Speakers at the dinner Friday evening will be Mrs. Glenn on the history of the Association; Francis H. McLean, its first executive on lay leaders; and Dr. Frank Kingdon, president of the University of Newark, on the current meaning of family social work. Stanley P. Davies,executive of the Charity Organization Society of New York and president of the Association, will preside.
Family Welfare Association of America
130 E. 22nd St., New York City
November 18, 1936.
A group of men and women from many sections of the country will meet in New York on November 20 to pay fitting tribute to Mrs. Mary Willcox Glenn who is retiring from the presidency of the Family Welfare Association of America after sixteen years in this position of leadership.
The name of Mrs.Glenn is written large in the pages of social work. Her active interest in efforts to meet the problems which human beings face in every community extends over a period of more than a third of a century. As a member of a socially distinguished and well-to-do family, Mrs.Glenn might well have confined her interests to contacts within her own group, to travel, out-door life, and musical and literary pursuits, all of which have. always been attractive to her.
Early in her life, Mrs.Glenn was able, however, to see beyond the limitations of her own surroundings to the larger community in which people were faced by problems of poverty, poor housing, unemployment, disease and lack of opportunity. She was also able to relate these realities to her own life and to see that she might take a genuine part in systematic efforts to discover and remove some of the handicaps which seem to be characteristic of our society.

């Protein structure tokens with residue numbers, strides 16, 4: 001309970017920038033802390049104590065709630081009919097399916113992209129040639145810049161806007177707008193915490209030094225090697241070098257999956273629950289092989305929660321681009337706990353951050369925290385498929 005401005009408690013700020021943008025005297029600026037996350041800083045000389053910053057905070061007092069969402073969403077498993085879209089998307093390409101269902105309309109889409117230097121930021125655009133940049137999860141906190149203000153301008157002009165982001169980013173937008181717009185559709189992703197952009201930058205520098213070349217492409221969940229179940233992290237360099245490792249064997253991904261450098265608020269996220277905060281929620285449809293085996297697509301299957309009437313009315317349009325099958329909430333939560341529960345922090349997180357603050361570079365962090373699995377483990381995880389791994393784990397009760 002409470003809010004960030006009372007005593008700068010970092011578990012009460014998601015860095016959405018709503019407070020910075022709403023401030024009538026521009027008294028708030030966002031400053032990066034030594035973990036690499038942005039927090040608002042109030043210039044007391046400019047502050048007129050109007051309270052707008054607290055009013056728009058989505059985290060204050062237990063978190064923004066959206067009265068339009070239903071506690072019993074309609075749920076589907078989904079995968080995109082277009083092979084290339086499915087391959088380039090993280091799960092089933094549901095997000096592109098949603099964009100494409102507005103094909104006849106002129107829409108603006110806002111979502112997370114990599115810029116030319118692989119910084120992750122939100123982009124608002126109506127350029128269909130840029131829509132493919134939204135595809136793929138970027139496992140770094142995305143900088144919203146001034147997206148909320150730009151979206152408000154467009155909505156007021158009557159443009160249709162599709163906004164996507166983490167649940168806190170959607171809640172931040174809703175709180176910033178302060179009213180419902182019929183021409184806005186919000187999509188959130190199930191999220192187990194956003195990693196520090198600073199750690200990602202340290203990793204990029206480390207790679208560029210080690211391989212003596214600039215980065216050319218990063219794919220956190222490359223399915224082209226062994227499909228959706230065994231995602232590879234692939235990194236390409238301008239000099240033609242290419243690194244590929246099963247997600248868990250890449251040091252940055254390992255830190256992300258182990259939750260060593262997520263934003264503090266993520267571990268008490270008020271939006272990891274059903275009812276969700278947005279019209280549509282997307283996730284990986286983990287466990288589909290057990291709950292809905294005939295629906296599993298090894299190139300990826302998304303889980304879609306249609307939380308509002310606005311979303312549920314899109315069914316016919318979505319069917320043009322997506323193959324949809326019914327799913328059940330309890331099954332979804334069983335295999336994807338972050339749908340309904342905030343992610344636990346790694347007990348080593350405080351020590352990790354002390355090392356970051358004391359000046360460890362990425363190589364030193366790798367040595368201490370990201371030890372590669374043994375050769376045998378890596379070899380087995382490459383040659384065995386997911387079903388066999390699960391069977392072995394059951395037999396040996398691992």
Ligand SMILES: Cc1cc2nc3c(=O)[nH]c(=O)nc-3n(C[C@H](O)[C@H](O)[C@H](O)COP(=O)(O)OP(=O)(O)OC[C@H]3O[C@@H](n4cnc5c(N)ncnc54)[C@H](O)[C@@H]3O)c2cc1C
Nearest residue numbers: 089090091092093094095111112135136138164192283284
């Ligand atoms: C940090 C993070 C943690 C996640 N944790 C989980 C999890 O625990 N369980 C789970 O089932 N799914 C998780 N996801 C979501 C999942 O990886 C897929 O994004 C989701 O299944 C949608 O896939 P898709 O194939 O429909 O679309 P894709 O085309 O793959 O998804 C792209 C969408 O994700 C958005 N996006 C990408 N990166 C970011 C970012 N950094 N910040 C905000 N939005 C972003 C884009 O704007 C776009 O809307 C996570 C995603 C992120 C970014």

As a young woman, Mrs. Glenn became a visitor in the Baltimore Charity Organization Society, and later a member of its board. Hereshe developed a professional interest in social work which was then only emerging from an early stage of voluntary non-professional philanthropy. Within the the next few years Mrs.Glenn became general secretary of the Henry Watson Children’s Aid Society in Baltimore and then general secretary of the Charity Organization of Baltimore. In this latter position she was the successor of Mary Richmond who stands out as a great pioneer in laying a foundation for modern social case work, and whose book Social Diagnosis remains a classic in this field.
Mrs. Glenn thus in a sense bridges the gap between the long period of awakening of the social conscience which followed the Civil War and the modern era which has been devoted to the translation of conscience into terms of systematic, rational and effective social measures. Family social work has its origin in the interest aroused when this country in the early Seventy’s first saw the darker side of industrialization. Great throngs of workers were compelled to depend on bread lines and soup kitchens for subsistence, and it soon became clearly evident that such philanthropy, impulsive and sporadic, did not meet the needs. The necessity of organizing good-will and superior means became evident and the result was the establishment of societies which bore such names as Charity Organization and Associated Charities.
At about the time that Mrs. Glenn came to New York in 1908, still a newer conception of social responsibility was beginning to form. People were beginning to question whether it was enough to organize charity. Some began to think that perhaps efforts should be directed toward society itself in order to discover the reasons why large groups of persons were in need of charity.
Mrs. Glenn at this time was active as a volunteer worker in the Charity Organization Society of New York, and at the same time took part in discussing the possibilities of a larger movement, national in its scope which would bind together local groups in their efforts to understand social conditions as they influence family life. The outcome of these discussions was the formation in 1911 of the present Family Welfare Association of America, known originally as the National Association of Societies for Organizing Charity.